State Department Orders Cuban Diplomatic Staff To Leave US

Javier Howell
October 4, 2017

"We are maintaining diplomatic relations with Havana.", the official said.

He said the decision was made "due to Cuba's failure to take appropriate steps to protect our diplomats".

United States officials said they were confident that the incidents were targeted attacks, pointing out that some of the affected diplomats had been staying in a hotel, where none of the hotel workers seem to have been affected.

Those affected have exhibited physical symptoms including ear complaints, hearing loss, dizziness, headache, fatigue, cognitive issues, and difficulty sleeping.

Tillerson said the USA would "maintain diplomatic relations with Cuba, and will continue to cooperate with Cuba as we pursue the investigation into these attacks".

The steps being taken by President Trump's administration marked a further blow to his predecessor Barack Obama's policy of rapprochement between Washington and Havana, former Cold War foes. Last week, the State Department said it would pull more than half its personnel out of the U.S. Embassy in Havana, and they are expected to leave by the end of the week.

Cuba has denied responsibility for any attacks, and has launched an investigation.

Speaking to reporters in Havana, Rodriguez said Cuba was strongly protesting the expulsions and that the United States was not providing sufficient information to Cuban investigators. "What it does is require the Cuban government to be able to fulfill their obligations with the safety and well being and protection of foreign diplomats in their country".

Last week, the Trump administration ordered more than half of the U.S. Embassy staff and family members to depart Cuba because of the mysterious ailments.

However, in a statement, Secretary Tillerson was clear that the US was not accusing Cuba of being responsible for the attacks and that the two countries were cooperating as the USA investigates.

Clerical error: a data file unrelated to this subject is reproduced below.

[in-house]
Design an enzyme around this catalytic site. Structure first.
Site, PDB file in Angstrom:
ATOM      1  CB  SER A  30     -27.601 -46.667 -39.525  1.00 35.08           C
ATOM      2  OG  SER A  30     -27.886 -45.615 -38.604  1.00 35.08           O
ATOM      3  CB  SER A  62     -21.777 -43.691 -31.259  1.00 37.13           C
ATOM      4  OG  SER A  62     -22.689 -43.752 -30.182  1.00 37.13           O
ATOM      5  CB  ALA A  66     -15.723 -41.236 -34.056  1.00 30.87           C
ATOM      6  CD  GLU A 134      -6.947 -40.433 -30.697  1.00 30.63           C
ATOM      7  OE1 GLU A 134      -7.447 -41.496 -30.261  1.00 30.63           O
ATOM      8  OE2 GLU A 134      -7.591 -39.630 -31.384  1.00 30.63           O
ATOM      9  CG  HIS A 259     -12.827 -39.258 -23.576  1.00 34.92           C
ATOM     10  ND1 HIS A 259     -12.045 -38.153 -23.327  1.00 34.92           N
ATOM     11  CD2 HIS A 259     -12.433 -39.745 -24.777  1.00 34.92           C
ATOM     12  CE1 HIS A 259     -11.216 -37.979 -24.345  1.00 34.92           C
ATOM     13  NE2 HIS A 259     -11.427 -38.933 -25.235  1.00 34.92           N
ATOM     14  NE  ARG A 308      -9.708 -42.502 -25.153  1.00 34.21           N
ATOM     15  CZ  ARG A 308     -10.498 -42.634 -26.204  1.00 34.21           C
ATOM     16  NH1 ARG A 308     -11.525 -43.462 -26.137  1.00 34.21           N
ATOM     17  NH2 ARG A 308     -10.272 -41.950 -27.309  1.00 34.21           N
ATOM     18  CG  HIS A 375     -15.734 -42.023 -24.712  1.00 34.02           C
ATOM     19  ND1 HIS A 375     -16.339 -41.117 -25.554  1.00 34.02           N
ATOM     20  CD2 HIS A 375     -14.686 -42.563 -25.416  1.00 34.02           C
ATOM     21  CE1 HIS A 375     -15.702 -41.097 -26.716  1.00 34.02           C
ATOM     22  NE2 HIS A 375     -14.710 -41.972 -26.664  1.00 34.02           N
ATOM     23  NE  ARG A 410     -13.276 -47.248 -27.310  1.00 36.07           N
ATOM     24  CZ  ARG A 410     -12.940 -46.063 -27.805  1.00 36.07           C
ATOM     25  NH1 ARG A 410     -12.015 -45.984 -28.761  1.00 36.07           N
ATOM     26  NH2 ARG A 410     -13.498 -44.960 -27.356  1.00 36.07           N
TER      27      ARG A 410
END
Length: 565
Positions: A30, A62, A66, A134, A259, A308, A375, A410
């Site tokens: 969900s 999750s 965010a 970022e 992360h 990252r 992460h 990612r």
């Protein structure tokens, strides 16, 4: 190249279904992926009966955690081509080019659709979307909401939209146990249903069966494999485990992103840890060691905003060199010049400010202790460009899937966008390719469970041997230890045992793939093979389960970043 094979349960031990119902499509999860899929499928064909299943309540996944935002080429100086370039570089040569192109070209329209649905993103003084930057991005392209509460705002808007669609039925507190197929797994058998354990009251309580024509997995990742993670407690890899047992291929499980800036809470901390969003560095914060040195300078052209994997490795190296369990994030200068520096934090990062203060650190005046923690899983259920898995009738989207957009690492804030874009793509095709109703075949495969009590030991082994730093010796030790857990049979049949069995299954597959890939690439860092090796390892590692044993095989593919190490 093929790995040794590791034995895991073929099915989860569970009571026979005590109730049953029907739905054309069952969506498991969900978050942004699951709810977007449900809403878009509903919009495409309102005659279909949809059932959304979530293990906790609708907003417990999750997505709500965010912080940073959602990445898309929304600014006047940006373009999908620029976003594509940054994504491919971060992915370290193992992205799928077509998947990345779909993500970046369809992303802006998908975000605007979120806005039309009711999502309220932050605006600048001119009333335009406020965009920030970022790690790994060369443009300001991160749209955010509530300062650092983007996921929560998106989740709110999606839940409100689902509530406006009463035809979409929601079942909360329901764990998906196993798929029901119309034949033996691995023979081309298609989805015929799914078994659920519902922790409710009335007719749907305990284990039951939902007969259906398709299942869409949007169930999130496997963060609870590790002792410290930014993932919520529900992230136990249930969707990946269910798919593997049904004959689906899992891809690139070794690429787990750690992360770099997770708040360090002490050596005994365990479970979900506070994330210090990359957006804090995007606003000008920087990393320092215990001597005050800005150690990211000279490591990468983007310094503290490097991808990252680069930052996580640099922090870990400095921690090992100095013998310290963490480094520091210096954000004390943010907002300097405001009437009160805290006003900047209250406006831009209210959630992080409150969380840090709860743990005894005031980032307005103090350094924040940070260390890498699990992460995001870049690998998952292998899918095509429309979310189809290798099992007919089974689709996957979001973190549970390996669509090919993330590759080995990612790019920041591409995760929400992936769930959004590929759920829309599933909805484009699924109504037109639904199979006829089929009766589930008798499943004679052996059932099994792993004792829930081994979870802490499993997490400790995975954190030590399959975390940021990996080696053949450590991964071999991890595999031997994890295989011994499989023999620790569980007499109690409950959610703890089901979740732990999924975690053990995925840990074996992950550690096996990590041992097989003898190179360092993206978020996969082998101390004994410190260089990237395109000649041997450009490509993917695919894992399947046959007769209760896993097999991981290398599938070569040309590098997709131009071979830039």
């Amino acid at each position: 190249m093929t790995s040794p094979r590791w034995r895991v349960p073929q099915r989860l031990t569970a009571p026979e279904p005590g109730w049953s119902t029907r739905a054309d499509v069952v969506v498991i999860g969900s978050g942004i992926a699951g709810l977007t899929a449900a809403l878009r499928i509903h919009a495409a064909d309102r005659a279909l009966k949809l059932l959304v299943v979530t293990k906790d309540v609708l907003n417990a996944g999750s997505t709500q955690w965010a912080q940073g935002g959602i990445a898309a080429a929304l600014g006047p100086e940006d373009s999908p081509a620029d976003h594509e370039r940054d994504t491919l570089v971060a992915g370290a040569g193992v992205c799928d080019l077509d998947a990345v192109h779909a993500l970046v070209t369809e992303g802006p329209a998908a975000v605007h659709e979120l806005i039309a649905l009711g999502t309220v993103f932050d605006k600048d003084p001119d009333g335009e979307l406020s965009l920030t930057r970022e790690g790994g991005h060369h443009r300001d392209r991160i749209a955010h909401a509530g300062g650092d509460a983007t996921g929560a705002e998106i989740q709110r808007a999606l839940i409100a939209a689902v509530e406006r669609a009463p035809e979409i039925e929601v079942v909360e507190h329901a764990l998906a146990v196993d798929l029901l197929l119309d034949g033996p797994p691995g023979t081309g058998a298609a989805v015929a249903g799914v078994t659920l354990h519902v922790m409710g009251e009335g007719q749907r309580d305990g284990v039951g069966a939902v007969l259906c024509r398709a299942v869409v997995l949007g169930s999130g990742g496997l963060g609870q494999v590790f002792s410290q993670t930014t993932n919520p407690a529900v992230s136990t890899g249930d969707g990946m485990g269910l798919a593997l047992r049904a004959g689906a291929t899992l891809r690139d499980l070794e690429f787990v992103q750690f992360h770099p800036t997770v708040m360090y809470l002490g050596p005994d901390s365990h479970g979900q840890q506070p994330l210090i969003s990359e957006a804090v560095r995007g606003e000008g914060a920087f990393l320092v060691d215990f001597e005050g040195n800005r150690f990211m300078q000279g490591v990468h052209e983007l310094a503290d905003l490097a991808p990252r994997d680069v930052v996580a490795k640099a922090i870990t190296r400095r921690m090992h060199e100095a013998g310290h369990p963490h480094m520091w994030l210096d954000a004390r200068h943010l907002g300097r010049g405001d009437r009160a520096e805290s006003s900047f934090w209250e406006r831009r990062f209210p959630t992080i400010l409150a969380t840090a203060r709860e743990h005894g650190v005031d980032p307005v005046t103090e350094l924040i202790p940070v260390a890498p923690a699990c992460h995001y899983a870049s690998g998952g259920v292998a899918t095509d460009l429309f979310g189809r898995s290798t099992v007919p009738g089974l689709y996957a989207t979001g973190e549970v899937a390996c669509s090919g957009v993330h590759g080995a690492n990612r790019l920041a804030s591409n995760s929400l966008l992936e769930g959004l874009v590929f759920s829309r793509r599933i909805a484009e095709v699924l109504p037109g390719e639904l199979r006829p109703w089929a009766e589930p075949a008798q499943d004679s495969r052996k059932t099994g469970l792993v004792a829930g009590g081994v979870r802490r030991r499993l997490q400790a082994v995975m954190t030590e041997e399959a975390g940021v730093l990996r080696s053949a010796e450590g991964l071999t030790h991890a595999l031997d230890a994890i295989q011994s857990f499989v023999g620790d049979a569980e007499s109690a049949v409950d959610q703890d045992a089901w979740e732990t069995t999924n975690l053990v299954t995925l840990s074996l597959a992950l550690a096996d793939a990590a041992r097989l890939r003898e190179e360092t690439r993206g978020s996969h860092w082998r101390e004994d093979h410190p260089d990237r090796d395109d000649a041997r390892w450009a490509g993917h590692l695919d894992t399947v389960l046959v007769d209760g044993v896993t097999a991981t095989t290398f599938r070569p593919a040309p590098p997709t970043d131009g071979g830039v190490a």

The U.S. announced Tuesday that it had given the Cuban government a list of 15 names of people who had to leave Washington within one week, the latest move in the fallout of the odd attacks and one which was criticized by the Cuban government.

"It looks like we are returning the threats and tensions of the 1960s", said Maria Fernandez, a 45-year-old office worker in Havana. According to the official source, Cuba informed him that it will continue probing on this issue, "and we will continue to cooperate with them in that effort".

Cuba, the United States and Canada have investigated the attacks, but the probe has not yielded any answers about how they were carried out or who was responsible for them. Officials have said there was still no evidence of the source of the attack.

The US government first acknowledged the attacks in August, after the State Department expelled two Cuban diplomats from Washington over safety concerns, The Hill magazine reported.

Following Trump's decisions on this issue, several voices described the U.S. State Department's measures as excessive and alerted how risky it would be for the normalization process of bilateral relations.

Other reports by Insurance News

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